Tuesday, January 2, 2018

Cyber Updates - 2nd January 2018

Breach at PayPal subsidiary

PayPal disclosed at the start of December that the personal information of 1.6 million individuals may have been exposed when a subsidiary, TIO Networks which had been acquired in July 2017, was breached. It is not clear whether the breach occurred before or after the acquisition but TIO's systems had not yet been integrated into PayPal’s environment which was therefore not at risk. TIO had already suspended operations in November 2017.

Key takeaways:

  • Acquisitions are very and can expose a well-controlled technology environment to new and unknown security risks if the new subsidiary's network is less well controlled.
  • Security due diligence should be part of the pre-acquisition process and the new environment should be carefully reviewed before integration into the main environment (as appears to have happened in this case).

Serious Privilege Escalation bug in macOS

A very serious security flaw was discovered in High Sierra, the latest macOS. Specifically, if a user tried to authenticate as root (highest privileged user) with a blank password in certain situations, the first time it would not accept it but would silently set the root password to blank and therefore the second time it would allow the user to login as root. Apple subsequently release a patch to address this. A detailed technical write-up of this is here.

Key takeaways:

  • It is important to keep on top of patch management at all levels of the business including endpoints.
  • All security controls should be considered to be layers and it would be a worthwhile exercise to consider what would happen if certain controls, e.g. use of low privilege endpoint users, were suddenly disabled or bypassed.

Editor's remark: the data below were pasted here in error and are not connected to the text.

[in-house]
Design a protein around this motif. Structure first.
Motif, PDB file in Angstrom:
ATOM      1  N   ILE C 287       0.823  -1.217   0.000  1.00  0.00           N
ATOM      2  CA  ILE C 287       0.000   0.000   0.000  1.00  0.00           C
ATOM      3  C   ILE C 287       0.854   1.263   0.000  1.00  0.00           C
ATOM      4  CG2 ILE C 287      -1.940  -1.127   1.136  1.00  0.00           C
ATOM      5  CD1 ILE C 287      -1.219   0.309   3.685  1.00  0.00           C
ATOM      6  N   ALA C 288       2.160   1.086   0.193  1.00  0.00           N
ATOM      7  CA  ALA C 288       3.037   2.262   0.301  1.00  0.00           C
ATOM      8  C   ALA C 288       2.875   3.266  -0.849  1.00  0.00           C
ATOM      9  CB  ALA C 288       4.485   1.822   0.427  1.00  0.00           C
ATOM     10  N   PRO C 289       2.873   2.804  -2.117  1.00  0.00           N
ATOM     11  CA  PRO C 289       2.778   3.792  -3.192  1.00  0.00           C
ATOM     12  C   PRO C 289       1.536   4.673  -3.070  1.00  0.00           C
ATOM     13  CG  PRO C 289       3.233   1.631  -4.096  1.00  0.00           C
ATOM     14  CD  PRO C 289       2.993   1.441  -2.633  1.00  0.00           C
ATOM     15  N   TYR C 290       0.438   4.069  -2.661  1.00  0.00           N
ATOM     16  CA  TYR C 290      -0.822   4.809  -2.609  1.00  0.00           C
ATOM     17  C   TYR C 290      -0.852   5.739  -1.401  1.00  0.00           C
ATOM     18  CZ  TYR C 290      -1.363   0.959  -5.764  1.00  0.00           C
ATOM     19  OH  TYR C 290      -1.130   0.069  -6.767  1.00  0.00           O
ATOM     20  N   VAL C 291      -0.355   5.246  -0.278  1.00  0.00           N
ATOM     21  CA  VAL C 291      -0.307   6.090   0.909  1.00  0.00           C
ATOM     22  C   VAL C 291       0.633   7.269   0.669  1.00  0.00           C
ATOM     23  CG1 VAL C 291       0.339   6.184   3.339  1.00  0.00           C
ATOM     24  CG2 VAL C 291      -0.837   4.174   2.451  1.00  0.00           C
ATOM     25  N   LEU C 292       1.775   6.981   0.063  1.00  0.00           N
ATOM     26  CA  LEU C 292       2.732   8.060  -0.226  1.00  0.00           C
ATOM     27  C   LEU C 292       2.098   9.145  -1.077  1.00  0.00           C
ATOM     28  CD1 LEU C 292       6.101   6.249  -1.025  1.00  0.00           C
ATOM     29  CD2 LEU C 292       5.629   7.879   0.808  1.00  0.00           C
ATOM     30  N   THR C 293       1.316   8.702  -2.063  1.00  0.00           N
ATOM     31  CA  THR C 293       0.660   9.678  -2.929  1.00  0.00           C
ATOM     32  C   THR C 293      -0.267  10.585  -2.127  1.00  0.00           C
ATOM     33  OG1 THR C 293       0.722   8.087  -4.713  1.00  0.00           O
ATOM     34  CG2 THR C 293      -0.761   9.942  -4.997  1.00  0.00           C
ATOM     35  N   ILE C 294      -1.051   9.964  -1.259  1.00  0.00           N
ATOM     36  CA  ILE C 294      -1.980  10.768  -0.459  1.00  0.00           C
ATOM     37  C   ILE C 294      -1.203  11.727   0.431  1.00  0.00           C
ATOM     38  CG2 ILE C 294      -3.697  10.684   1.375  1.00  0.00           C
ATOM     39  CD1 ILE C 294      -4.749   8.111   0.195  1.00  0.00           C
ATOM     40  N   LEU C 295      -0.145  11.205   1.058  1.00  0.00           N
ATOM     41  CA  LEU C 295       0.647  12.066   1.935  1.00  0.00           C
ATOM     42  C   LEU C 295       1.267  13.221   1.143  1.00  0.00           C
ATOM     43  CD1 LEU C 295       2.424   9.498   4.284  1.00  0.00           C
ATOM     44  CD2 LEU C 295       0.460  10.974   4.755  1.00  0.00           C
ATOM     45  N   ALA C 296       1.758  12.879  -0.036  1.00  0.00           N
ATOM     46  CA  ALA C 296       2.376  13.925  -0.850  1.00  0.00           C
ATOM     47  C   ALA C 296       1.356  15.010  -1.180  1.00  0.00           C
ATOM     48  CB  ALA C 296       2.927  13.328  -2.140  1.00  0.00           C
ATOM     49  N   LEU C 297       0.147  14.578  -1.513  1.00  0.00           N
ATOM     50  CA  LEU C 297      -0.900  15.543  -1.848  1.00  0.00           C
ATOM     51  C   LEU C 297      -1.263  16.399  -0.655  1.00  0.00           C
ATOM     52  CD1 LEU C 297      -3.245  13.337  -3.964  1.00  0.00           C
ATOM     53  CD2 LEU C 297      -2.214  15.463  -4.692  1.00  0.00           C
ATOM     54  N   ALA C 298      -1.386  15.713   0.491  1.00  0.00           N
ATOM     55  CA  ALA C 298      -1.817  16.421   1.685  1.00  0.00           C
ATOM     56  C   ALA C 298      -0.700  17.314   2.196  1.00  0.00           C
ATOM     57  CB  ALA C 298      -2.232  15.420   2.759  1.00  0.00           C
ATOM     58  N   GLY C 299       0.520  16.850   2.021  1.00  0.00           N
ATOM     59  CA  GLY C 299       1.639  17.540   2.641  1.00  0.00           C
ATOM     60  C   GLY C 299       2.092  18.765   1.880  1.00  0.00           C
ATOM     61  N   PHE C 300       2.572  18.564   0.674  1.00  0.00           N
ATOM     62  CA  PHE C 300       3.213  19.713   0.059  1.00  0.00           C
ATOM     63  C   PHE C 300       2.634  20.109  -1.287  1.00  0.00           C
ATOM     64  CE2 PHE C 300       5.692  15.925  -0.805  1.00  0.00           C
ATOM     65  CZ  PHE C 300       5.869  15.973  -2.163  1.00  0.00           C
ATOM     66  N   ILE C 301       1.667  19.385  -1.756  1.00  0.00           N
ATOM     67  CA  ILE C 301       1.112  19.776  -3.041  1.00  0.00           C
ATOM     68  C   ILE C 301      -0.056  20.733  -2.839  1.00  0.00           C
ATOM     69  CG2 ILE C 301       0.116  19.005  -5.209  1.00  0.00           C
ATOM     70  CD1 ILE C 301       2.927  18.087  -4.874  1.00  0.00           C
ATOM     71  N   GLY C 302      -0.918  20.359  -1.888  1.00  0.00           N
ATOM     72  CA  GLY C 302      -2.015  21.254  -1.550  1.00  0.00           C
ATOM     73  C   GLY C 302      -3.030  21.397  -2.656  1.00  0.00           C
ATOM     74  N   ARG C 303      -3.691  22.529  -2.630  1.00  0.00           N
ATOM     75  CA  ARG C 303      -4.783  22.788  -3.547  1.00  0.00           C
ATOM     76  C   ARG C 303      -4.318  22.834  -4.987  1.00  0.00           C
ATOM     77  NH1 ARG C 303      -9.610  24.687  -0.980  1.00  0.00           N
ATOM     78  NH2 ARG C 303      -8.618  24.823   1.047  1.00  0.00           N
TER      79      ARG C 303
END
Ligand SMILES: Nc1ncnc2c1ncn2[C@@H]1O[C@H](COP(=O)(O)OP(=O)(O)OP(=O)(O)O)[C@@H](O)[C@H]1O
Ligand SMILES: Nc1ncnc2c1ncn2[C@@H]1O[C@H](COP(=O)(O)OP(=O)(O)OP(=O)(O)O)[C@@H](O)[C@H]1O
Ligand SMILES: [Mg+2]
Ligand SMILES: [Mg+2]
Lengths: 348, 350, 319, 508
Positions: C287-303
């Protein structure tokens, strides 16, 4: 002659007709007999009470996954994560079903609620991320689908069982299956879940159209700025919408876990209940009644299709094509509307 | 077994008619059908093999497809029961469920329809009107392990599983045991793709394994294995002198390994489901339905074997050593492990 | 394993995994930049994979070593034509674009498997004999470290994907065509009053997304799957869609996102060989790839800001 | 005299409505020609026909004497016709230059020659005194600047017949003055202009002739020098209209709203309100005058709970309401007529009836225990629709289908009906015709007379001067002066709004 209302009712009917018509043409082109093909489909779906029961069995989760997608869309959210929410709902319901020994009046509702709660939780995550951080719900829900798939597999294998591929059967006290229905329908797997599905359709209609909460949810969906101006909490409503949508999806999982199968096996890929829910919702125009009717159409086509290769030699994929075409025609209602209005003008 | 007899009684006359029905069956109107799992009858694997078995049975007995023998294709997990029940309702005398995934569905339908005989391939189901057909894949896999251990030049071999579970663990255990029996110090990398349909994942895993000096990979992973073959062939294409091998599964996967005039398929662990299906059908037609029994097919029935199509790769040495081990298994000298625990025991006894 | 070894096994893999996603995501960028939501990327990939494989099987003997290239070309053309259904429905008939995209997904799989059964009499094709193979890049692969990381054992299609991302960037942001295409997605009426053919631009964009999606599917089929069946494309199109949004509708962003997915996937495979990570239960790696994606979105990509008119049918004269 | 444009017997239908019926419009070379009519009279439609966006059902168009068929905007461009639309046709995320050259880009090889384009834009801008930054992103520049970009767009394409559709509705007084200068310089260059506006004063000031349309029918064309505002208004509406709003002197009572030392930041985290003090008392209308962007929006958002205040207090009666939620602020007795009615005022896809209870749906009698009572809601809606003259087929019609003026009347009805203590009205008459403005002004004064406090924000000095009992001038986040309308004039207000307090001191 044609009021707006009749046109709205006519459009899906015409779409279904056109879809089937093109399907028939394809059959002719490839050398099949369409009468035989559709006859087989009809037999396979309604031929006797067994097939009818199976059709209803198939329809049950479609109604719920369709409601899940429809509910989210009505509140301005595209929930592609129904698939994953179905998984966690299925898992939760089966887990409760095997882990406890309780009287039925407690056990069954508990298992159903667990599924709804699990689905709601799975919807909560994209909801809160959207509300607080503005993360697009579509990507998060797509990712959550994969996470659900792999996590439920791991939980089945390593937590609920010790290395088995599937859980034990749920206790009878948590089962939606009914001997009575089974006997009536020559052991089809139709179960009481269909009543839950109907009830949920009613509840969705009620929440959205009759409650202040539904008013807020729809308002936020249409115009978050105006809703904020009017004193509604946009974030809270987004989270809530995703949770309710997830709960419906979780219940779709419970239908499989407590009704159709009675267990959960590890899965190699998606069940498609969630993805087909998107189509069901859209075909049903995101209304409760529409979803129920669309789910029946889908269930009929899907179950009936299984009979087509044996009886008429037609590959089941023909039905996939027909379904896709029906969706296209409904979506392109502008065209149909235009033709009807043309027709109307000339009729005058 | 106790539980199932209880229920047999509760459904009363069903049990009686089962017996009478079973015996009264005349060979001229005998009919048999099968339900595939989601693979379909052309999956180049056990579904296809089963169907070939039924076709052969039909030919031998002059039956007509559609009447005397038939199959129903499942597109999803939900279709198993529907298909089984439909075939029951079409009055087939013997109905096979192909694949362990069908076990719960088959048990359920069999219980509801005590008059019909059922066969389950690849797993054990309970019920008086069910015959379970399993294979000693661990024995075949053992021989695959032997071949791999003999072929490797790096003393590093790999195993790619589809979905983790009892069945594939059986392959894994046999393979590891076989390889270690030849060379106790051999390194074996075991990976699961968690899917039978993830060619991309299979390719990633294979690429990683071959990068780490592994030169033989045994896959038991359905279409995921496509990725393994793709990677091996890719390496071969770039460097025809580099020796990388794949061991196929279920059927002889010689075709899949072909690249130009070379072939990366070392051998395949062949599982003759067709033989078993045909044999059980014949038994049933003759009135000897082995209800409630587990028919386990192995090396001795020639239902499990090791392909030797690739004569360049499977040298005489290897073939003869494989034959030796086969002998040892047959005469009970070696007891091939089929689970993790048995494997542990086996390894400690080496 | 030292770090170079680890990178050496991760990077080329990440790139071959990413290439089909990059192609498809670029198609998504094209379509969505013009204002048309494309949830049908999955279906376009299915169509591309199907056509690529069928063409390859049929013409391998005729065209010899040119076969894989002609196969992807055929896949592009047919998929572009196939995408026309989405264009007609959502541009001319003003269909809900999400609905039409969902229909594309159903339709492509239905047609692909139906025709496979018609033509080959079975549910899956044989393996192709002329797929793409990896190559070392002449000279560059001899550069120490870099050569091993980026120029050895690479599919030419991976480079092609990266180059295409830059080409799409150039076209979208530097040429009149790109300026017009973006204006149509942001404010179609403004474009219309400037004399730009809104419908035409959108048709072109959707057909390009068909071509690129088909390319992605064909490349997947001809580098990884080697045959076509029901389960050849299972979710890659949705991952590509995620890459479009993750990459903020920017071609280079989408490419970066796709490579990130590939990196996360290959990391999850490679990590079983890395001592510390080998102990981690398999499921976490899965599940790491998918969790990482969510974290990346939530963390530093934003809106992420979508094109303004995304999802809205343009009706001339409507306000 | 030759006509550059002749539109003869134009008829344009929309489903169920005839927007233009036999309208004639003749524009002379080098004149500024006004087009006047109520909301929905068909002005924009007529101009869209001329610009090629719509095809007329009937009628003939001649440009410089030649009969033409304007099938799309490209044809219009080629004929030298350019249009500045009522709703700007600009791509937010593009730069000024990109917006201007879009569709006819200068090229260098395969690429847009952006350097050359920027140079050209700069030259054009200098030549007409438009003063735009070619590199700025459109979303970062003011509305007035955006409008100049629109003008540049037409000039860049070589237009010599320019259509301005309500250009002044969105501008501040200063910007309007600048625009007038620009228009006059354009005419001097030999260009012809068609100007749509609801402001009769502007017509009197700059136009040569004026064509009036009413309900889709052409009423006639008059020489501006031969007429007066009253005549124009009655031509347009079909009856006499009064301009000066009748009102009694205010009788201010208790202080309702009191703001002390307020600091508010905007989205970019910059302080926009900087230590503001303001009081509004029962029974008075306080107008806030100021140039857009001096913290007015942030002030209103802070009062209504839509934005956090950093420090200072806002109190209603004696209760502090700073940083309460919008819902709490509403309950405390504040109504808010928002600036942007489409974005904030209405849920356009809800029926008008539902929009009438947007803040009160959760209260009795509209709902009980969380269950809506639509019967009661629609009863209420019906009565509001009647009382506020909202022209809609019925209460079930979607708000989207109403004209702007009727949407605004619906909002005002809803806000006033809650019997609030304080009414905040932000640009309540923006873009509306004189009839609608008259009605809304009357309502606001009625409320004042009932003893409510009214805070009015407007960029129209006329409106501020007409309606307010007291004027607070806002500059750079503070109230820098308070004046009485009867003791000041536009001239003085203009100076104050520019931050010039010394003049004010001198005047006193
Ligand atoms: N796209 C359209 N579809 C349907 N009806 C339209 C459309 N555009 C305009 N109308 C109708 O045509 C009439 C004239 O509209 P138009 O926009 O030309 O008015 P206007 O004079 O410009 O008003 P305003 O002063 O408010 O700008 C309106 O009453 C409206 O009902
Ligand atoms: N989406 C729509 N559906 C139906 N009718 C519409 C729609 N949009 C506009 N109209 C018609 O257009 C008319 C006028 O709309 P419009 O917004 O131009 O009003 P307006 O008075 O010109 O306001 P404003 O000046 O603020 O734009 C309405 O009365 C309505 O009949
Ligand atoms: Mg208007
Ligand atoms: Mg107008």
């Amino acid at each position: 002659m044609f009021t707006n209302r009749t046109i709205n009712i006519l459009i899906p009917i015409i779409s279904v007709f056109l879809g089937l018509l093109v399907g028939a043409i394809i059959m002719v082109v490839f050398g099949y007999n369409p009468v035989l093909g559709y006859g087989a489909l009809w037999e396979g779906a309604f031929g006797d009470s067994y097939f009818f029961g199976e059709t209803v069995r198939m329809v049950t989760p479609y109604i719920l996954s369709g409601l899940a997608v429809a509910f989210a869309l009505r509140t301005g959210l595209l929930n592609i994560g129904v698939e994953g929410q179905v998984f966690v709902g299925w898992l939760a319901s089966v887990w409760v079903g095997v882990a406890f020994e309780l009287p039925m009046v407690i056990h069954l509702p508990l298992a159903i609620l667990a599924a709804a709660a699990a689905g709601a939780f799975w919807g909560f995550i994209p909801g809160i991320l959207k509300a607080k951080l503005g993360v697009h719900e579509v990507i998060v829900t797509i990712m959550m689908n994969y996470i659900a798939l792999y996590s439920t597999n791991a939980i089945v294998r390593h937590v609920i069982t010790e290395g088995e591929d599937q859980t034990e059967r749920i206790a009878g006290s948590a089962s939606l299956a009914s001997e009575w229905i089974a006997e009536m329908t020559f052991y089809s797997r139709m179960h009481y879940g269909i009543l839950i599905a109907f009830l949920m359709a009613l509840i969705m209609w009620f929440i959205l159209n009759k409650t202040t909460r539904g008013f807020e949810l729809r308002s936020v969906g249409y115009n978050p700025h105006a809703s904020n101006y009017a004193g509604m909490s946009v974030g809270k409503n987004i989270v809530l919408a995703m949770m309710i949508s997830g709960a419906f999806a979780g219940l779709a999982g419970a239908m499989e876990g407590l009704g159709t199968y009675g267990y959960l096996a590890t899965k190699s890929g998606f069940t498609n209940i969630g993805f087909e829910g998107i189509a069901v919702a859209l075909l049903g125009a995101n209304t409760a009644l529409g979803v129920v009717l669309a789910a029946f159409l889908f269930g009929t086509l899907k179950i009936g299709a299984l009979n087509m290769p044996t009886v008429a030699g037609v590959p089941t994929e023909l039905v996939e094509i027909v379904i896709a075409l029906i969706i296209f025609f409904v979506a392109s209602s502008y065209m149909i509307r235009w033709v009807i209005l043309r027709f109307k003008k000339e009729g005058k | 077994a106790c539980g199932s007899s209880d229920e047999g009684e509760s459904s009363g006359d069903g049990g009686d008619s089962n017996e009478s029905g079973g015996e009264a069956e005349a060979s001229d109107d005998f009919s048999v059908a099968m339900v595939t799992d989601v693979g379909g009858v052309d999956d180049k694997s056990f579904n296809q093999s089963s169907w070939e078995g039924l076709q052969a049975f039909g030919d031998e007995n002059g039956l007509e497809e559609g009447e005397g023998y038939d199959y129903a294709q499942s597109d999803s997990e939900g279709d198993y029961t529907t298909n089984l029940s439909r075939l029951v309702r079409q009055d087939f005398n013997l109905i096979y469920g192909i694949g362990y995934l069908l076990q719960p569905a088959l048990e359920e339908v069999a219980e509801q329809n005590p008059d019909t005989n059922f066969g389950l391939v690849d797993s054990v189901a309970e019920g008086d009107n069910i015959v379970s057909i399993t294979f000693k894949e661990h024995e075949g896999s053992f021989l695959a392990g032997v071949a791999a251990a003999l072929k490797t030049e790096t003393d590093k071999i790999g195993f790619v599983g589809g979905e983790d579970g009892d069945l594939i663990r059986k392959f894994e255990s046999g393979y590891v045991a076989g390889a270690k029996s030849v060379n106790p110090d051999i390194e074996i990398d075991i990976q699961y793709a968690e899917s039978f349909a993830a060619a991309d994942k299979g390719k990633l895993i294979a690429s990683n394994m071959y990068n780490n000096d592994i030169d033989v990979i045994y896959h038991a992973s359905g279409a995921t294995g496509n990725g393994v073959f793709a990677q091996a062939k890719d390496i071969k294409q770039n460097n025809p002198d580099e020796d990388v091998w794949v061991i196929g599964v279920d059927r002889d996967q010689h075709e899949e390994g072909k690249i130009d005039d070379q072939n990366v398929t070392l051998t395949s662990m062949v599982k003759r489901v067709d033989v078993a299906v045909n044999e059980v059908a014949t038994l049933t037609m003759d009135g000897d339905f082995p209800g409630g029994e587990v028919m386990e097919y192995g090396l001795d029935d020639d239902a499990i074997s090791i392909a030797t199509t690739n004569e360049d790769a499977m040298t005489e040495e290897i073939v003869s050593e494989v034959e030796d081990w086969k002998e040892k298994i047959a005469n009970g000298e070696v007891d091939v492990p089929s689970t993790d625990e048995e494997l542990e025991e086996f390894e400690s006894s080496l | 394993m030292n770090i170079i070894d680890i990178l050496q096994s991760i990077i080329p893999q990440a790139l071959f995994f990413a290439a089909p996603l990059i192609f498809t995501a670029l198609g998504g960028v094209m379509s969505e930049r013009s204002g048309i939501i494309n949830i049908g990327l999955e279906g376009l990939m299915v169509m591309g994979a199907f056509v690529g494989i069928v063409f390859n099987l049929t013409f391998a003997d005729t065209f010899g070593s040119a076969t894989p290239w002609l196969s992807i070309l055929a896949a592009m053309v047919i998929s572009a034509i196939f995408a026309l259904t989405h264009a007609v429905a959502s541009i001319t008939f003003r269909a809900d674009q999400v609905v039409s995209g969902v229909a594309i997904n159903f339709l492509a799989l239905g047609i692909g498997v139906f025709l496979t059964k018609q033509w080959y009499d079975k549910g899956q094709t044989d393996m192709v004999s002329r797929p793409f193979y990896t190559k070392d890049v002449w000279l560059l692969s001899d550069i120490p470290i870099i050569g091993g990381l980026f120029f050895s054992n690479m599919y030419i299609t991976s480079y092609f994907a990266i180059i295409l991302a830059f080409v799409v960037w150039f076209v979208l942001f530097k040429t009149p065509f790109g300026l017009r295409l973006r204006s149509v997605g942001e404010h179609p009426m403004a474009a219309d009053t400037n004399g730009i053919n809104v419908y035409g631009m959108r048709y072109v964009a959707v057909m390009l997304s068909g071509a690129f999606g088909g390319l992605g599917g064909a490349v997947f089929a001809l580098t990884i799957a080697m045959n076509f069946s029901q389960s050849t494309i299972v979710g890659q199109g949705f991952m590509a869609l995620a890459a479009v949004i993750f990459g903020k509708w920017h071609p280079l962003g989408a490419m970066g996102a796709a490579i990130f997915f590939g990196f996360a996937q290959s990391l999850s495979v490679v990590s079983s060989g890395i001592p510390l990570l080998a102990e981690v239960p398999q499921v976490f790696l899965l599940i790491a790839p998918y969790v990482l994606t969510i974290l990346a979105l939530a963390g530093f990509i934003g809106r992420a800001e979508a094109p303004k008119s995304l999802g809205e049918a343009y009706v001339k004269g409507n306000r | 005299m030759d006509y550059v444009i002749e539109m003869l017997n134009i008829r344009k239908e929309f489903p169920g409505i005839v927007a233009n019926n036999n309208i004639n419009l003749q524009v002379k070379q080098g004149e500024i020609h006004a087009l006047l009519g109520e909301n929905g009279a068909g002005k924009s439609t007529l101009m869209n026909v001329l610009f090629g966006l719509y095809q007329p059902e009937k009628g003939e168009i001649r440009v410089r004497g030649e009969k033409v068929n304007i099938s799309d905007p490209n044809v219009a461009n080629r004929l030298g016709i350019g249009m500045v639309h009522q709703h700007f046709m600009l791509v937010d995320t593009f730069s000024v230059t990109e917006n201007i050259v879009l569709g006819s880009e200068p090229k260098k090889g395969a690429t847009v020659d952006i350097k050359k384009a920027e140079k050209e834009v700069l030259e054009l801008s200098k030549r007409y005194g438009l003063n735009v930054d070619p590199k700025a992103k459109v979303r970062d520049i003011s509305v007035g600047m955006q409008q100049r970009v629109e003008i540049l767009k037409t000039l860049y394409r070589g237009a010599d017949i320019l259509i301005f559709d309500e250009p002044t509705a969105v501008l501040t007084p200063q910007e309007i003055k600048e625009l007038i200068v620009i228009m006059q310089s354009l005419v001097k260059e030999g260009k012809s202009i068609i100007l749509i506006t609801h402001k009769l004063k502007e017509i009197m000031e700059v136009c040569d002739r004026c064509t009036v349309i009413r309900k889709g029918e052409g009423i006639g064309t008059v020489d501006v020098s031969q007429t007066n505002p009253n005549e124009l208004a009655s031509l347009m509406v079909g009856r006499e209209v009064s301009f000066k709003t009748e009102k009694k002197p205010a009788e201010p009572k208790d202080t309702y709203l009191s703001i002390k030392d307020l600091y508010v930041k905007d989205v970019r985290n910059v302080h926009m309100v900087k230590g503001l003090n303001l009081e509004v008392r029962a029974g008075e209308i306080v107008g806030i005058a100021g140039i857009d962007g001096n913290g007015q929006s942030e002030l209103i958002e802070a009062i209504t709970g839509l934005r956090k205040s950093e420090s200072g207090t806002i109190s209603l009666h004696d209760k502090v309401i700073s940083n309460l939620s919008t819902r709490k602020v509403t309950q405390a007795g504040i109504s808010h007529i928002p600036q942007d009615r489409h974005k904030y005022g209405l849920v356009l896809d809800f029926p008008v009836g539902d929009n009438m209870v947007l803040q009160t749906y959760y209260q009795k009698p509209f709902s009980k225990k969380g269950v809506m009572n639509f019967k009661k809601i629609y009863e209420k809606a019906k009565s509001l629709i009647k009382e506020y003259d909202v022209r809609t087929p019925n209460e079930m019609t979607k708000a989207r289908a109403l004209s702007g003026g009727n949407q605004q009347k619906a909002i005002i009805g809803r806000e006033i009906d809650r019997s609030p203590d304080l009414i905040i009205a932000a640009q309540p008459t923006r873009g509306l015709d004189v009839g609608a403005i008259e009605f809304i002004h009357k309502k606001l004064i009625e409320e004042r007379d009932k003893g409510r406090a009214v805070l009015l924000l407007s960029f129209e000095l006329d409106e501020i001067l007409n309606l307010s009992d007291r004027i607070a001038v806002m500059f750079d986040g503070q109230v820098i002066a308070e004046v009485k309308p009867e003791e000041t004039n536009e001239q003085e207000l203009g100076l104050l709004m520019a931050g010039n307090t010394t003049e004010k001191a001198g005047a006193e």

Top Secret data left exposed in Amazon S3 buckets

A couple of examples recently of top secret US Department of Defense materials (including an entire virtual machine image) being found in unsecured Amazon S3 (Simple Storage Service) locations allowing anyone on the Internet who discovered the locations to download them.

Key takeaways:

  • Use of cloud services is becoming ubiquitous but each cloud service needs someone who is skilled with using the service to act as "security administrator" to ensure these types of error do not occur.
  • Part of this should be frequent technical audits of the cloud environment to look for security issues or misconfigurations.

Critical Vulnerability in Keeper password manager 

Tavis Ormandy discovered a critical flaw in the Keeper password manager (which comes bundled with Windows 10) which could allow an attacker to gain access to passwords stored using the tool. Whilst this was not a good situation, Keeper managed to make it worse by suing a news organisation which reported on it therefore guaranteeing themselves a flood of negative publicity in the Information Security world.

Key takeaways:

  • Whilst having a critical vulnerability reported in your software is not ideal, if reported responsibly then you have effectively received valuable assistance for free.
  • Be wary of the "Streisand Effect" when responding to any actual or perceived issue.

Bonus link - Empathy in Incident Response 

I wanted to put in this excellent blogpost from Tracy Z. Maleeff (@InfoSecSherpa) as well as it talks about a very important concept. If the security team wants users to help them and give them warning when something has happened, it is important that the user doesn’t feel scared to do so.

Josh Grossman
Senior Information Security Consultant and Team Leader